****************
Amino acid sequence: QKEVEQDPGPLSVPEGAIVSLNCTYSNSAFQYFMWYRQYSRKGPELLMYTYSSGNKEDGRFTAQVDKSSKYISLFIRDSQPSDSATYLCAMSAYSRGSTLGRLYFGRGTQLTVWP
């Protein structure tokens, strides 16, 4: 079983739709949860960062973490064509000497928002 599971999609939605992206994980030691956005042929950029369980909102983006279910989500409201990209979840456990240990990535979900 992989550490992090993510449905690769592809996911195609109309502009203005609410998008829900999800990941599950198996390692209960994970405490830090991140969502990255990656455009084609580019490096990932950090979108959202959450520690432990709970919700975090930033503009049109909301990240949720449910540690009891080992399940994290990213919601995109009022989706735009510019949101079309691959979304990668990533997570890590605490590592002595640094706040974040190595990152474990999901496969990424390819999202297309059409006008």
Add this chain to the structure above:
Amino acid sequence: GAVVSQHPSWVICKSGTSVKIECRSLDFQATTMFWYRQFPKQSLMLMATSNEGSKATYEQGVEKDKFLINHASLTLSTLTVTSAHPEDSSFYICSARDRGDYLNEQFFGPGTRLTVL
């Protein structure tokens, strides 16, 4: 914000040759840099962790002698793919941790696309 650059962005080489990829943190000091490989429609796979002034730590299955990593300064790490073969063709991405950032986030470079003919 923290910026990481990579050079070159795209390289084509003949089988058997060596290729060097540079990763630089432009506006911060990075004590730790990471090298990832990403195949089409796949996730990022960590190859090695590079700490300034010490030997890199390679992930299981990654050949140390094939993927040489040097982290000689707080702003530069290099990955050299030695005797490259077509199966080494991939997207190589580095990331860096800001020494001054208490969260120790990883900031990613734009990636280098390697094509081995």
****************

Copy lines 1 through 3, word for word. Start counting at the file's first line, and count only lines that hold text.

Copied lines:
Amino acid sequence: QKEVEQDPGPLSVPEGAIVSLNCTYSNSAFQYFMWYRQYSRKGPELLMYTYSSGNKEDGRFTAQVDKSSKYISLFIRDSQPSDSATYLCAMSAYSRGSTLGRLYFGRGTQLTVWP
């Protein structure tokens, strides 16, 4: 079983739709949860960062973490064509000497928002 599971999609939605992206994980030691956005042929950029369980909102983006279910989500409201990209979840456990240990990535979900 992989550490992090993510449905690769592809996911195609109309502009203005609410998008829900999800990941599950198996390692209960994970405490830090991140969502990255990656455009084609580019490096990932950090979108959202959450520690432990709970919700975090930033503009049109909301990240949720449910540690009891080992399940994290990213919601995109009022989706735009510019949101079309691959979304990668990533997570890590605490590592002595640094706040974040190595990152474990999901496969990424390819999202297309059409006008």
Add this chain to the structure above: